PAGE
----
NASA's Moon Return Among Key Topics at 2019 International Space Development Conference

The meeting occurs just a month before the 50th anniversary of Apollo 11.
The meeting occurs just a month before the 50th anniversary of Apollo 11. (Image credit: NASA)

The National Space Society's (NSS) International Space Development Conference (ISDC) will take place next month amid a large policy shift for NASA: sending humans to the moon, and soon.

Many months ago, the NSS, without knowing about that policy shift, chose the moon as one of the main themes for the conference, which will take place June 6 to June 9. That decision recognized that July 2019 marks the 50th anniversary of the first human landing on the moon, NSS officials said in an interview. (Disclosure: is a media sponsor for the conference.) 

Now, however, NASA is shooting for a crewed lunar return — and on a recently accelerated timeline, making the NSS meeting even more topical. In March, President Donald Trump's administration announced that it wants NASA to put boots on the moon by 2024, rather than 2028, as originally envisioned.

Related: Can NASA Really Put Astronauts on the Moon in 2024?

And last week, the White House proposed adding $1.6 billion to NASA's $21 billion budget for 2020 to help get the ball rolling. 

"It's been interesting to see how things have evolved," Bruce Pittman, a member of the NSS's board of directors, told "We're at the right place and the right time, playing the right sheet of music."

The conference's location this year in Washington, D.C. (it changes locations regularly) brings access to a number of speakers who can discuss NASA's new direction, including agency chief Jim Bridenstine and National Space Council Executive Secretary Scott Pace. There also will be an acknowledgment of past moon achievements through speakers such as Apollo 15 astronaut Al Worden and Apollo-era NASA flight director Gerry Griffin.

Wealth of topics

Participants who wish to reach beyond the moon can choose from 10 different sessions at the conference, reflecting other major space developments in the past year. For example, companies such as Rocket Lab and Vector Launch will speak about the advances in satellite constellations and how individual satellites are evolving with customer needs. 

Space tourism will also be a major theme, given that Virgin Galactic has already conducted two crewed test flights to suborbital space. And there will be an eye to the more distant future, with other space tracks focusing on matters such as a human mission to Mars and the possibilities of interstellar flight.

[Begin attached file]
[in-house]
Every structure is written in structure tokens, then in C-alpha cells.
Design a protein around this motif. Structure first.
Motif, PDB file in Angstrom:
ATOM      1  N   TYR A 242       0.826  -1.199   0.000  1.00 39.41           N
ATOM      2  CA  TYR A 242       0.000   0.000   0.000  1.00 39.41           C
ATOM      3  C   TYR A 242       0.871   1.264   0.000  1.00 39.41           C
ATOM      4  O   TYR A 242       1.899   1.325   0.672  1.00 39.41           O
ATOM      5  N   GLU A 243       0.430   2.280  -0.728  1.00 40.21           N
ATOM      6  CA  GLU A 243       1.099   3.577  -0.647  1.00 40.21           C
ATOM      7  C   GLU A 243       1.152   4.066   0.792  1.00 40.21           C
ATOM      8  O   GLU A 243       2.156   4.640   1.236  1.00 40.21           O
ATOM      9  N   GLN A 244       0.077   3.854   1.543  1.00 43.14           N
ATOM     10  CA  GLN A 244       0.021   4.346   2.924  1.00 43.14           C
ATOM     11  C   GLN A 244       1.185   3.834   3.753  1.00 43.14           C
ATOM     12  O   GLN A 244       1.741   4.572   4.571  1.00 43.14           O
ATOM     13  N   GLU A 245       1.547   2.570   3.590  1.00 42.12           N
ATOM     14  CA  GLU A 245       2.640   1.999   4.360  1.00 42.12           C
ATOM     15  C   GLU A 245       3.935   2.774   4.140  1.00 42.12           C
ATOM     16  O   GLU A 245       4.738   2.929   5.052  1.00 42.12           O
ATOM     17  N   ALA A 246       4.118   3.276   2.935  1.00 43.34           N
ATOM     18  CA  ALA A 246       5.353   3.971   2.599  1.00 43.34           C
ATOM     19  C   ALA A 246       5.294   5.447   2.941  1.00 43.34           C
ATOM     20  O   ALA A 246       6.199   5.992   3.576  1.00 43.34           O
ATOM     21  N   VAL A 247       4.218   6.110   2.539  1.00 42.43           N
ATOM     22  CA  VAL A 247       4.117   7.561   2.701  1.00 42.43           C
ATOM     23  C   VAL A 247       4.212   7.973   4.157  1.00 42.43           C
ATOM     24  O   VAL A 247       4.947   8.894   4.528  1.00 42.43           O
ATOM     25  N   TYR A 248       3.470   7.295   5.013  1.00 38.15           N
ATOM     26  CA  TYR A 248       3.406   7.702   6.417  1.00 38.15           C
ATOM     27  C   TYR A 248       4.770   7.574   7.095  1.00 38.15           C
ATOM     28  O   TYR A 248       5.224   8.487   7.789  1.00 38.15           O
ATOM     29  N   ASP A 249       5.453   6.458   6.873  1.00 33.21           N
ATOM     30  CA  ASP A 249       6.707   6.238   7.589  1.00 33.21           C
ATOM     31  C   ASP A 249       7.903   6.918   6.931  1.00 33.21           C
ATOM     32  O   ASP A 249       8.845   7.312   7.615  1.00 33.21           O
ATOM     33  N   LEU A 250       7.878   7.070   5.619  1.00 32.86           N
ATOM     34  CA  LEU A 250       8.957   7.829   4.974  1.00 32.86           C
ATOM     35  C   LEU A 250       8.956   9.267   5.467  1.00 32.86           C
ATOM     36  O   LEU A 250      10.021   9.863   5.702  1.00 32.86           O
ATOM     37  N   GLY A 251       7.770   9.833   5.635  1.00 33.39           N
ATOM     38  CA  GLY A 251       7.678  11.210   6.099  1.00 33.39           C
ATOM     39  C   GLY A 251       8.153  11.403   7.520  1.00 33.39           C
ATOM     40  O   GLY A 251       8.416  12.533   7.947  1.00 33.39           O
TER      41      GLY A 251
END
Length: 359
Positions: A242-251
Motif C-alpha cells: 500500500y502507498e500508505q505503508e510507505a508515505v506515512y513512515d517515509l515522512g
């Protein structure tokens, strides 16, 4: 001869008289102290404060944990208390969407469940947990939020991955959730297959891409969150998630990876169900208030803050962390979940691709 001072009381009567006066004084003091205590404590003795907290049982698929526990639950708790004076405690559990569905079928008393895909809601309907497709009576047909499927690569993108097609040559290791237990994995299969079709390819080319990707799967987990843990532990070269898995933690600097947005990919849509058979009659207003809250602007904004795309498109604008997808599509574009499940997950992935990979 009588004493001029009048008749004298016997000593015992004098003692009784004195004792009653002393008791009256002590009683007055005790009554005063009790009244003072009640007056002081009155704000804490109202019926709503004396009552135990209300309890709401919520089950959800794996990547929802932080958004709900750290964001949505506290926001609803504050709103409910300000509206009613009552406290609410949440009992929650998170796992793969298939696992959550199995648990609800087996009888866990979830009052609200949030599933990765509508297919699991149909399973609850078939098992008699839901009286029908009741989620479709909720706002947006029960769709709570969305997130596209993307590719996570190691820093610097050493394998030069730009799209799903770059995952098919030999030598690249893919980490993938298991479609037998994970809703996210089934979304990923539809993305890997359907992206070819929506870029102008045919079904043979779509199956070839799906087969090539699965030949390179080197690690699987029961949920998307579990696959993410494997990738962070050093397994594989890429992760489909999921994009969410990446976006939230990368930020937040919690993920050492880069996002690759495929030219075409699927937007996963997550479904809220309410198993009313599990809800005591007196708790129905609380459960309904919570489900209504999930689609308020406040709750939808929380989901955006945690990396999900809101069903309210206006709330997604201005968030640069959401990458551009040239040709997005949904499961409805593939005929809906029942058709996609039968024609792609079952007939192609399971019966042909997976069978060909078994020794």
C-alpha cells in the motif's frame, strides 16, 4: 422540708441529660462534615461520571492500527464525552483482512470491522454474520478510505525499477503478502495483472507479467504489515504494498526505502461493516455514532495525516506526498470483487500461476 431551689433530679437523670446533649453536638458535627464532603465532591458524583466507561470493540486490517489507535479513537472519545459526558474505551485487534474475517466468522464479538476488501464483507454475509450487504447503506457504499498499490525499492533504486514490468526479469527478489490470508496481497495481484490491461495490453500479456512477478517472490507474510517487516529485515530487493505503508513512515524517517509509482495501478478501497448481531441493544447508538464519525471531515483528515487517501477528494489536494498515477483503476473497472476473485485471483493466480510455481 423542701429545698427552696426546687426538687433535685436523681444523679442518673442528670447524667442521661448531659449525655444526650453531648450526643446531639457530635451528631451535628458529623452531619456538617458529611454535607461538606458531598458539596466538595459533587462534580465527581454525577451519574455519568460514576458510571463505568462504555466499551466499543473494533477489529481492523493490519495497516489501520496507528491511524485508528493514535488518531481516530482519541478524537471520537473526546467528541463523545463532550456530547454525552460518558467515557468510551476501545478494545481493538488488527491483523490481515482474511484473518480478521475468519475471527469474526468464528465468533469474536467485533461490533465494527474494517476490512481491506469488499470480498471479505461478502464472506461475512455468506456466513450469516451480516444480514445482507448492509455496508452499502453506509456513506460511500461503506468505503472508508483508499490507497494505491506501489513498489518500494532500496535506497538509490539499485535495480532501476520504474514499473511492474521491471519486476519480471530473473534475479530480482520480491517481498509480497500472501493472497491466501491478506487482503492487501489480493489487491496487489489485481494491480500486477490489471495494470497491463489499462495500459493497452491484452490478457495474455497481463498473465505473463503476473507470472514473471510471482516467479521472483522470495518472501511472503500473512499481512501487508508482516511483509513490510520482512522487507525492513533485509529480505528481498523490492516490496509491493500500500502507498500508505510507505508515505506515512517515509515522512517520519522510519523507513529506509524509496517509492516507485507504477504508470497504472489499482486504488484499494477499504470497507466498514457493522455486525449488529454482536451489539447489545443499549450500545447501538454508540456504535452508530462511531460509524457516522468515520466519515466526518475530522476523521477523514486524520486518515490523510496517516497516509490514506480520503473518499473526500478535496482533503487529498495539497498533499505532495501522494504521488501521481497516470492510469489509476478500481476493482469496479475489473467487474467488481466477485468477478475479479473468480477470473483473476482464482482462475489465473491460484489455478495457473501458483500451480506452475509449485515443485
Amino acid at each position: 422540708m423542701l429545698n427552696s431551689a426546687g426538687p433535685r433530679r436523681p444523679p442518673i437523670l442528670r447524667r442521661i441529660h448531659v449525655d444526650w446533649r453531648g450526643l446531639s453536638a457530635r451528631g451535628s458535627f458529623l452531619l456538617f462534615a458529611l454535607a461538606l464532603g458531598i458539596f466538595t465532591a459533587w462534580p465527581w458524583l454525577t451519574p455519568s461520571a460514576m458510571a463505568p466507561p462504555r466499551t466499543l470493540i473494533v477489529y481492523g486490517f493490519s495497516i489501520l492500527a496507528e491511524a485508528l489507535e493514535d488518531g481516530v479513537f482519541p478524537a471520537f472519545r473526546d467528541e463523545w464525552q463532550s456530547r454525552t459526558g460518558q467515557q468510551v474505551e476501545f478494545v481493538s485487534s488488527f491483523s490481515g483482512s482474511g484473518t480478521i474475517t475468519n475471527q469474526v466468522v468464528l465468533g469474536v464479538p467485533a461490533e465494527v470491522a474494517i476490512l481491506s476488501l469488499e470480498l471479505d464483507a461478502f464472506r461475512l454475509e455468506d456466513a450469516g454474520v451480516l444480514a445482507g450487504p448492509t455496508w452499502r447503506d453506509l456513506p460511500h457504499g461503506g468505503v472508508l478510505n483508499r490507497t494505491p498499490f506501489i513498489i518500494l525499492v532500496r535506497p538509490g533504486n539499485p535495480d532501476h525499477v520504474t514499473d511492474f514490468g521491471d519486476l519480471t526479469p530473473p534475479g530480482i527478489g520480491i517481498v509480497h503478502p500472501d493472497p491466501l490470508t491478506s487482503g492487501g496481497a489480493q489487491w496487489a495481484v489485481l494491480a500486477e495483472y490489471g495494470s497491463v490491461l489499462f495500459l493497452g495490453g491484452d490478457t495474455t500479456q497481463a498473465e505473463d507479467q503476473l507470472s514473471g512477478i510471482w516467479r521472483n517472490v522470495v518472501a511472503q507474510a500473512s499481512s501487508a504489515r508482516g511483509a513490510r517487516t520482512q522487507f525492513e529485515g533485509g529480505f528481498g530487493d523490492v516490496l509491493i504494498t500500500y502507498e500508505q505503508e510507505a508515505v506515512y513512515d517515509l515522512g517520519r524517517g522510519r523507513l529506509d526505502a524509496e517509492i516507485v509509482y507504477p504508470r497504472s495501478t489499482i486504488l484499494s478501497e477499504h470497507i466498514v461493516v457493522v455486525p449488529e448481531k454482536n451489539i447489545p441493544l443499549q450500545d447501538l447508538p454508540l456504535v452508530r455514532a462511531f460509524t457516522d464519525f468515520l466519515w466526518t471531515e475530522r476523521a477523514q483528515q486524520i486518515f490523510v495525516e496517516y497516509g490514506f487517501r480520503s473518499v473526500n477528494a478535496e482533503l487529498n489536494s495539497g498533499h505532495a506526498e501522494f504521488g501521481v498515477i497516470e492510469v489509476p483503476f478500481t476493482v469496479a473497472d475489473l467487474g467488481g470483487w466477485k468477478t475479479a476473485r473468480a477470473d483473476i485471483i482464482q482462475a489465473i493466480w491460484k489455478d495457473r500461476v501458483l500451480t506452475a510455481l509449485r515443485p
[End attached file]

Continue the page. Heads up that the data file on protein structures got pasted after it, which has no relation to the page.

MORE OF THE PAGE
Around 1,000 participants are expected at the meeting. There will be special programming for the hundreds of participating students, including a guide to navigating the conference and tips for connecting with companies and individuals they are interested in. 

"We want to make sure they are not adrift in the conference but introduced to the people who are important," said Rod Pyle, the editor of NSS magazine, Ad Astra, in the same interview with

Registration is available for the 38th ISDC at the conference website

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Elizabeth Howell
Staff Writer, Spaceflight

Elizabeth Howell (she/her), Ph.D., is a staff writer in the spaceflight channel since 2022 covering diversity, education and gaming as well. She was contributing writer for for 10 years before joining full-time. Elizabeth's reporting includes multiple exclusives with the White House and Office of the Vice-President of the United States, an exclusive conversation with aspiring space tourist (and NSYNC bassist) Lance Bass, speaking several times with the International Space Station, witnessing five human spaceflight launches on two continents, flying parabolic, working inside a spacesuit, and participating in a simulated Mars mission. Her latest book, "Why Am I Taller?", is co-written with astronaut Dave Williams. Elizabeth holds a Ph.D. and M.Sc. in Space Studies from the University of North Dakota, a Bachelor of Journalism from Canada's Carleton University and a Bachelor of History from Canada's Athabasca University. Elizabeth is also a post-secondary instructor in communications and science at several institutions since 2015; her experience includes developing and teaching an astronomy course at Canada's Algonquin College (with Indigenous content as well) to more than 1,000 students since 2020. Elizabeth first got interested in space after watching the movie Apollo 13 in 1996, and still wants to be an astronaut someday. Mastodon: